The courses were visually stunning and delicious. Chef Ashfer used nothing but the freshest, quality ingredients, which were obvious with each bite. Prior to each course Chef Ashfer and Macallan’s brand ambassador Jordan Zimmerman introduced the dishes, it’s sourcing, and flavor profile/notes of rare whiskey being paired, making this a very special dinner party.  It was an educational event as well as a foodie’s paradise, and a whiskey lover’s dream.

The first course served was Hudson Valley Foie Gras Terrine, paired with 18 Year Old Macallan. It was  rich, creamy in texture, paired well with the sweetness of the jams, and balanced the hints of jasmine and peat in the whiskey, leaving a lingering orange zest finish. The second course was a seared Long Island Fluke, paired with Macallan Rare Cask. The fluke was seared well while still moist and tender. It was very flavorful with it’s warm hint of star anise, which highlighted the sherry cask’s flavors in rare whiskey. For this course I preferred have my whiskey after the meal, as to not take away from the delicateness of the fish. Following, was the palate cleanse of elder flower and buttermilk sherbet which was phenomenal, I would of never paired the two yet the match was heavenly; the buttermilk was subtle but gave the sherbet an extra silky mouthfeel, and was served in a gorgeous crystal glass!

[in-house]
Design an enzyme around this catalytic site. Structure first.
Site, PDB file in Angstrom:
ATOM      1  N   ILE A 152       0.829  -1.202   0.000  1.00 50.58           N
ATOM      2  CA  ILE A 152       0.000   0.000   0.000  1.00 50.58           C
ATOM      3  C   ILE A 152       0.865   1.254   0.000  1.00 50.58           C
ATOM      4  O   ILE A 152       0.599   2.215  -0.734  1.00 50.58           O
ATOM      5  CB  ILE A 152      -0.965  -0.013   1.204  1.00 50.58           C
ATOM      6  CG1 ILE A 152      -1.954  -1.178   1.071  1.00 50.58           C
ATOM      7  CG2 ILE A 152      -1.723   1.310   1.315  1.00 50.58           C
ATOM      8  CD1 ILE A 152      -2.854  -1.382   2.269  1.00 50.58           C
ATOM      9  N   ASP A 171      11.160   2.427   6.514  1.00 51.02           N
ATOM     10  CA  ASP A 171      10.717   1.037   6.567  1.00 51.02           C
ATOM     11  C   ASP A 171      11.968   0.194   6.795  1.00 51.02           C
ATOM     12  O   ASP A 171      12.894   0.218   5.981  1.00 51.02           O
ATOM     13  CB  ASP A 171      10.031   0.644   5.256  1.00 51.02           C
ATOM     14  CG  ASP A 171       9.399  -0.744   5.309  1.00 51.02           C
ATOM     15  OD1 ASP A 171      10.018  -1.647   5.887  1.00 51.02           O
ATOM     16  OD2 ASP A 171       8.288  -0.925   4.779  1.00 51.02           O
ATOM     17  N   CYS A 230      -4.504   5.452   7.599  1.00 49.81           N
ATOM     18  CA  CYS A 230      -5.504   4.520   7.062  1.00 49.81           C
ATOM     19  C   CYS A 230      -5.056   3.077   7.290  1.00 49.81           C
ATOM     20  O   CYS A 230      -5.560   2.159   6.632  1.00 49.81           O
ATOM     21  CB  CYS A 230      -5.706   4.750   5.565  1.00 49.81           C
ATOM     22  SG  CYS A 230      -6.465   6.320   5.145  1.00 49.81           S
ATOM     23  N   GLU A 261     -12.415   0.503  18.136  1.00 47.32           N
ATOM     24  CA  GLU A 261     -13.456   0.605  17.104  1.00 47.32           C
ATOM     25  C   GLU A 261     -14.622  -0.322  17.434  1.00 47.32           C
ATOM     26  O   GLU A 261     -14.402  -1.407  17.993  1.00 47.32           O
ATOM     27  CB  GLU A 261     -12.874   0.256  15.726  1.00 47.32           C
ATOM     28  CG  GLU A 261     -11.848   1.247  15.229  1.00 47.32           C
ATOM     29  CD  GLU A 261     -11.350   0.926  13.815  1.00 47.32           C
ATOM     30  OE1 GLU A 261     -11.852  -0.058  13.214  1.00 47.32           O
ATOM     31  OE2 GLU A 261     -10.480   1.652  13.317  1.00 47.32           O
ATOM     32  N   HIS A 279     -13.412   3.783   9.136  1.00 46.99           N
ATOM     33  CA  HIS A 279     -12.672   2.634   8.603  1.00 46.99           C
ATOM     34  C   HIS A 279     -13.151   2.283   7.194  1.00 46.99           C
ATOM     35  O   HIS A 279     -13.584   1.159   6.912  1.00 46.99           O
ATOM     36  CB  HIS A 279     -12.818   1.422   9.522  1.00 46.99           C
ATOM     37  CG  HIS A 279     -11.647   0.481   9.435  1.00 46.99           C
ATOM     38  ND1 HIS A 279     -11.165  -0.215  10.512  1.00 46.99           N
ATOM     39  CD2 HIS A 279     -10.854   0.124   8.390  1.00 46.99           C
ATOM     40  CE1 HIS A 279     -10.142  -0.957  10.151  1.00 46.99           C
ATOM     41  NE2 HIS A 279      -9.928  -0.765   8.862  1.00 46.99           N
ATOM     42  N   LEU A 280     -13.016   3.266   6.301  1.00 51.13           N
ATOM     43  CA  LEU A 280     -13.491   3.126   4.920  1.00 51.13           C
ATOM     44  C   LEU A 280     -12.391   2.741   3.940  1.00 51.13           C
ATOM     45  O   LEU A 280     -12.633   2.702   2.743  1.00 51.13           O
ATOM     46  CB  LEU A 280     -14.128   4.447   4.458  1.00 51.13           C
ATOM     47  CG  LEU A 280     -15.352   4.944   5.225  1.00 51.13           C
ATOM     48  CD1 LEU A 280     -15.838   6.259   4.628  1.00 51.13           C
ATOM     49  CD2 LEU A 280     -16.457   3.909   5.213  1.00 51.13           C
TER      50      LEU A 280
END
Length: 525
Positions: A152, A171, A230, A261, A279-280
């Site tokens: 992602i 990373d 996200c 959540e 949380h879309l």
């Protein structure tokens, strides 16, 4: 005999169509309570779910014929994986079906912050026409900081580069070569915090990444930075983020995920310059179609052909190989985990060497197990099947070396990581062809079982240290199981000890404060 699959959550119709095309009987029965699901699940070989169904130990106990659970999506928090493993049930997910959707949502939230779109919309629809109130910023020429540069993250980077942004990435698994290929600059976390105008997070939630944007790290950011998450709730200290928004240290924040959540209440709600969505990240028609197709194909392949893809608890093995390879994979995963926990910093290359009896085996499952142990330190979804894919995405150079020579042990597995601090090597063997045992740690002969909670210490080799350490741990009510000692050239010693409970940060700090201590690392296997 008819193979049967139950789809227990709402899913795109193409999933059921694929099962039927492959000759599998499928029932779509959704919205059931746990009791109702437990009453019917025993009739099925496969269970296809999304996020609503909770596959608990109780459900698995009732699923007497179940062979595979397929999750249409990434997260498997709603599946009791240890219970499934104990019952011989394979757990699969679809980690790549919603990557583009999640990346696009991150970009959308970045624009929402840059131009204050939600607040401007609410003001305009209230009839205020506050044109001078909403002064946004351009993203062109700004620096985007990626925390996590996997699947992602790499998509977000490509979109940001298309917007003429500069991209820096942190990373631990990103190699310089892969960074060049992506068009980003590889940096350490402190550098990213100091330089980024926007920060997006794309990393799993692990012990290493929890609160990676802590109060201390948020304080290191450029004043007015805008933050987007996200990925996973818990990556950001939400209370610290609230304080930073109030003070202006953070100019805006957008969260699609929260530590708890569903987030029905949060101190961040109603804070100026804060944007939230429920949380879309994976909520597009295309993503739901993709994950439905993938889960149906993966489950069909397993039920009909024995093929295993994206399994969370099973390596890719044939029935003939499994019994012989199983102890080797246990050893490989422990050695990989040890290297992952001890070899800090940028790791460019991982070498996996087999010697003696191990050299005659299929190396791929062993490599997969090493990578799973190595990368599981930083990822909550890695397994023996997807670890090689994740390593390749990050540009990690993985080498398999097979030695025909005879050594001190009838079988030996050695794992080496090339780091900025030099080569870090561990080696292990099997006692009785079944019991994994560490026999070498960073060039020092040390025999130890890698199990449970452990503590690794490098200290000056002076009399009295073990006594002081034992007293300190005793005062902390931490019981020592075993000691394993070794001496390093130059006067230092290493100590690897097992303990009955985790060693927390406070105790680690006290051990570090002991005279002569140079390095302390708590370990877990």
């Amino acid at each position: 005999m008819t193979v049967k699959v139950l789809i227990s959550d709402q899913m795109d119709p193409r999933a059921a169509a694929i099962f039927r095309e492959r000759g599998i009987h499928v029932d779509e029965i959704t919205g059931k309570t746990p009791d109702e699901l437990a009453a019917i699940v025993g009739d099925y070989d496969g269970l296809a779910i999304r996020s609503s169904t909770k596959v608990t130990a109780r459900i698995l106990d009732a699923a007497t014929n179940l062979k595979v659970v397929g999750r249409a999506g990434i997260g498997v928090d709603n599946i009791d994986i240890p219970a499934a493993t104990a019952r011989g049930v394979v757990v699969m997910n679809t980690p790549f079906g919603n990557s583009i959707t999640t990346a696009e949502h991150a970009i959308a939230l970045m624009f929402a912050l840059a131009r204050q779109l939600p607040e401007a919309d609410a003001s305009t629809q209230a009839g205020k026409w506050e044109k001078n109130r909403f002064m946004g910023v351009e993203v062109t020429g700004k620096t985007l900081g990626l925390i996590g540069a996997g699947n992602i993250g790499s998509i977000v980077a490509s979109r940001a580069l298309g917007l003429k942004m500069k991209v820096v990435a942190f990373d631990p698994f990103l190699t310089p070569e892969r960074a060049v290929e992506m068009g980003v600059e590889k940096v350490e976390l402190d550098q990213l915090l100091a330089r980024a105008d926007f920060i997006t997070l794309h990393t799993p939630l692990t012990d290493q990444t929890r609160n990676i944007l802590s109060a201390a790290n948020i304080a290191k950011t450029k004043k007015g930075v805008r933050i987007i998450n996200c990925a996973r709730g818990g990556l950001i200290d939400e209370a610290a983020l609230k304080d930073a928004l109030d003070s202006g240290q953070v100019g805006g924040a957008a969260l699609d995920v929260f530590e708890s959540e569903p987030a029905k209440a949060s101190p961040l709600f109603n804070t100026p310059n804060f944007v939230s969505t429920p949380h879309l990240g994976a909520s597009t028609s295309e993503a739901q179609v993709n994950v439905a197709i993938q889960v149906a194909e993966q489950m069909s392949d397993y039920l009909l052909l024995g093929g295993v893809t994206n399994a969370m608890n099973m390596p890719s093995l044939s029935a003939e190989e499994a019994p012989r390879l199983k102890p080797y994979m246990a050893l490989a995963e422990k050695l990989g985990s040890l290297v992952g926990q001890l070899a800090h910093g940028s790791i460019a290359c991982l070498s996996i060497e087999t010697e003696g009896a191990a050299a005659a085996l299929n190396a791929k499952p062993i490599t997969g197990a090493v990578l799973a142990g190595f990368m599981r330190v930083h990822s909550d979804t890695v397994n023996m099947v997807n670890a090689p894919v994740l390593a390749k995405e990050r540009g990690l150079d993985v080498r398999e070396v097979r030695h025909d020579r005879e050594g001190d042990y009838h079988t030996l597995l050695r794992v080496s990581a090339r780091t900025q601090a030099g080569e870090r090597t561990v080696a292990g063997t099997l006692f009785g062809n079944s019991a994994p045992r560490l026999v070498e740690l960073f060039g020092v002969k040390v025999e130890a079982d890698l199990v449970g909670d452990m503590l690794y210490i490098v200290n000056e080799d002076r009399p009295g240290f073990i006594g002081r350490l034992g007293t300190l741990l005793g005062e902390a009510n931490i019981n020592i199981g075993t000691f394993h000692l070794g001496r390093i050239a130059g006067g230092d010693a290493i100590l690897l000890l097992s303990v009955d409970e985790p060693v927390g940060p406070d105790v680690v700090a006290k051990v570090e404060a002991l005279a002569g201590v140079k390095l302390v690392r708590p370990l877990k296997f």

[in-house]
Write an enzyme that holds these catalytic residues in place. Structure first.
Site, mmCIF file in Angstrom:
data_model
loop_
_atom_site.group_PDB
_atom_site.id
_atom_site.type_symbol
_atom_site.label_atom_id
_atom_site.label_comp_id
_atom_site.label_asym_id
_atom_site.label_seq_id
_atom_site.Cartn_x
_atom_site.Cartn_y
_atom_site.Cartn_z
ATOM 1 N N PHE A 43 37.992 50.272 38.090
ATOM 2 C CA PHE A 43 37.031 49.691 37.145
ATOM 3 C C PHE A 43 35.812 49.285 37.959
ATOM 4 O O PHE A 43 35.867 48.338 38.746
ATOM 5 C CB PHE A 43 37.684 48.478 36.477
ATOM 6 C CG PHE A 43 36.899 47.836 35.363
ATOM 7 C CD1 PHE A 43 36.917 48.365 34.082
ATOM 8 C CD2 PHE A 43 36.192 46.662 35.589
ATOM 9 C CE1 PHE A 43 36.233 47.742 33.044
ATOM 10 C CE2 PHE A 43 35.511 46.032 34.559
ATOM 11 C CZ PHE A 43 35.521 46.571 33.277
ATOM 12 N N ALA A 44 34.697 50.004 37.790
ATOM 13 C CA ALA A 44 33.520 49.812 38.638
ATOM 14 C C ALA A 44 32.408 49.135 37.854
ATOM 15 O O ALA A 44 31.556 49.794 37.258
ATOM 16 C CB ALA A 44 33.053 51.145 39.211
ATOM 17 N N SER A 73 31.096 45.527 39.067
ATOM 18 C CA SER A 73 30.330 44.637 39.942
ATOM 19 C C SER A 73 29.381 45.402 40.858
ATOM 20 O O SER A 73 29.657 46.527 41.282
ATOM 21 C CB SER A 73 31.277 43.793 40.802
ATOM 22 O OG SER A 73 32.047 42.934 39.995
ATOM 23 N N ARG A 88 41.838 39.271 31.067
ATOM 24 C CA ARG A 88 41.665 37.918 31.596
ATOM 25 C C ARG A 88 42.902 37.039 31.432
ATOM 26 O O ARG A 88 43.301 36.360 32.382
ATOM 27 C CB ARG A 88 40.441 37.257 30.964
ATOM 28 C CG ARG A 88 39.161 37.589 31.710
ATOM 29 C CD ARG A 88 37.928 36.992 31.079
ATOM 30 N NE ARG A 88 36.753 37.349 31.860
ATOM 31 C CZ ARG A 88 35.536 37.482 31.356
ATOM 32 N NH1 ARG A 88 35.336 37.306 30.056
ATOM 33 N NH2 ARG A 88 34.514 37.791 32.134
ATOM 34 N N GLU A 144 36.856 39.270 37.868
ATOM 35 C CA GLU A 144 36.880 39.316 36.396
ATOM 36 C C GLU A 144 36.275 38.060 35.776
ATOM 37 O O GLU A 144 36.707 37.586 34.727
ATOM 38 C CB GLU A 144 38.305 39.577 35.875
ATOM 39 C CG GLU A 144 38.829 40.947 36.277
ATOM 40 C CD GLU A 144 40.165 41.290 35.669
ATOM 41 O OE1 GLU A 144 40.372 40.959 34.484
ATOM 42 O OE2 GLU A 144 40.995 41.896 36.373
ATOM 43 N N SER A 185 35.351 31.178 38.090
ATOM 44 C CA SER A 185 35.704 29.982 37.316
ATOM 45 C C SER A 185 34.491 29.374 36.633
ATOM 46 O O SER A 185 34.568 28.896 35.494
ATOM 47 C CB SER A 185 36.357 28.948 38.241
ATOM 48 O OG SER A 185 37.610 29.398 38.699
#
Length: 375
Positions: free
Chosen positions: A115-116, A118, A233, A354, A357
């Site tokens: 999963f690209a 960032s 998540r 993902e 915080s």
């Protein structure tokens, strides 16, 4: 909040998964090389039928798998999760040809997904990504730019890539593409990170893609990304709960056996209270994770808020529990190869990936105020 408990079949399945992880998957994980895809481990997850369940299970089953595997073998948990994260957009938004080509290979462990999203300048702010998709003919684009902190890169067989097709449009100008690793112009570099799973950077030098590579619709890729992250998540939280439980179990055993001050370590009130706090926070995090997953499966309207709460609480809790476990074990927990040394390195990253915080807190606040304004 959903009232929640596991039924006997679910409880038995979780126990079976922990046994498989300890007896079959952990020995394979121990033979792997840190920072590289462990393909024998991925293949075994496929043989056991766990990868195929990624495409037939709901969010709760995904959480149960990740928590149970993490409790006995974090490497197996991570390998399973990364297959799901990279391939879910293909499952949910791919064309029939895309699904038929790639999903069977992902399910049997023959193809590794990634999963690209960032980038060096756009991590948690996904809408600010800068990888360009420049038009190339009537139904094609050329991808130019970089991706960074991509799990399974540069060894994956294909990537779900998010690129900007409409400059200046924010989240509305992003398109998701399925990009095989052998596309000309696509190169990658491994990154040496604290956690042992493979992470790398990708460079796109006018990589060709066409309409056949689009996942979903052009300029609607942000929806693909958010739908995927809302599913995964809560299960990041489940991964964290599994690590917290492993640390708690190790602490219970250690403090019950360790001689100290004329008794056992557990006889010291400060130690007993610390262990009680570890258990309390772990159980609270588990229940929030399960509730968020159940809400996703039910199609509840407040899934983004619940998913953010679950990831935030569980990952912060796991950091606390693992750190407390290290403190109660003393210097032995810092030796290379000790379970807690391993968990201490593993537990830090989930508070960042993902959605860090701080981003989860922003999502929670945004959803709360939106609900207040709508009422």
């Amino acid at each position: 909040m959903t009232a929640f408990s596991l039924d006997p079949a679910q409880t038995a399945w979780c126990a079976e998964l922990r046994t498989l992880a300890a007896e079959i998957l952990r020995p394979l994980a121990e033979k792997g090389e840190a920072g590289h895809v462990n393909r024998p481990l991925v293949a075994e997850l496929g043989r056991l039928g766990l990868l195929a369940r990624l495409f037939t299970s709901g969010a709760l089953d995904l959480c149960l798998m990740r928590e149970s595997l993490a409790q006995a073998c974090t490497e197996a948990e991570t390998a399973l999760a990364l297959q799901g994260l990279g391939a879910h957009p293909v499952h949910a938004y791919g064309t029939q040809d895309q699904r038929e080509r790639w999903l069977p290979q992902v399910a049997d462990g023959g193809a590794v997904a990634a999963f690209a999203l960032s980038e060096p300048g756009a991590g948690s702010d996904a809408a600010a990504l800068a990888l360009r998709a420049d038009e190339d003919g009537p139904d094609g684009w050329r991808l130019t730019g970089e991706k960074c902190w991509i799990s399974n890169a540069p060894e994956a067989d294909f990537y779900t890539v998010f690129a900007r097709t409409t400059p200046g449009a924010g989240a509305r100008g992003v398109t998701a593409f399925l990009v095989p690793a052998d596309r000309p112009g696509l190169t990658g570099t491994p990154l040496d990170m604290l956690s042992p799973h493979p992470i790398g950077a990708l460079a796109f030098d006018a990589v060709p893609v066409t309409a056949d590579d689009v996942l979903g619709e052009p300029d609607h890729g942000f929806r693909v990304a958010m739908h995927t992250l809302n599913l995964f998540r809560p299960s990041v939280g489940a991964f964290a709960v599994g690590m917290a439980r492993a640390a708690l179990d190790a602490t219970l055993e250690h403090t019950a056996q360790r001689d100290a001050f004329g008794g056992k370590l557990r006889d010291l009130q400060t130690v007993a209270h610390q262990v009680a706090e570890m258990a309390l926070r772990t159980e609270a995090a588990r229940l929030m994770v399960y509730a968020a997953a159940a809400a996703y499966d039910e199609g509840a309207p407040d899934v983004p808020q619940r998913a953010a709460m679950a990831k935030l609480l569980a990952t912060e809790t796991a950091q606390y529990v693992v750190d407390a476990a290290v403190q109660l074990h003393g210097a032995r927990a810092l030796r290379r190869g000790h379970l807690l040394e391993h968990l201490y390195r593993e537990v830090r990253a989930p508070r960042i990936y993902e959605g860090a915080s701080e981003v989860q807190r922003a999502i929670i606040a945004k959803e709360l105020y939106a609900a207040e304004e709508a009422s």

The Main Course was a grilled to perfection New Jersey Lamb Chop, paired with a 25 Year Old Macallan. This superstar dish was a personal favorite. The lamb was cooked perfectly to medium rare, well seasoned, and served over creamy polenta, in it’s natural au jus. I had to contain myself from picking up the bone with my hands in order to get all the meat off the bone, because it was simply that delectable. It was paired nicely with the intense flavors and robust aromas of the Macallan 25. It also contained hints of peach and wood spice, which worked well with the lamb. Dessert was the perfect happy ending, a Single Malt Bundt Cake paired with the Macallan Reflexion. It was lightly soaked, with a prominent malt flavor and paired fantastically with the gelato and the very exciting whiskey, which most of us at the table had never tried.

Chef’s Social Club was a fantastic New York City experience. I was literally dining in a gorgeous setting straight out of a fairytale. It was full of culture, elegance, and the perfect way to enjoy an evening of meeting new and interesting people, as well as trying a modern twist on classic dishes. Many more of these monthly gatherings are set to follow, with the next one being in August. Although events like this may not be an every day soiree, the restaurant itself and it’s outside dining at the Rośe Terrace does offer dining and brunch on par with other fine restaurants in the city. Next time you plan on going to the Meatpacking District (yet again) for a great meal, why not try The Pierre, on the Upper East Side, or even grab a cocktail at the Hotel’s Art Deco bar,  Two E Bar/Lounge  for a change of scenery.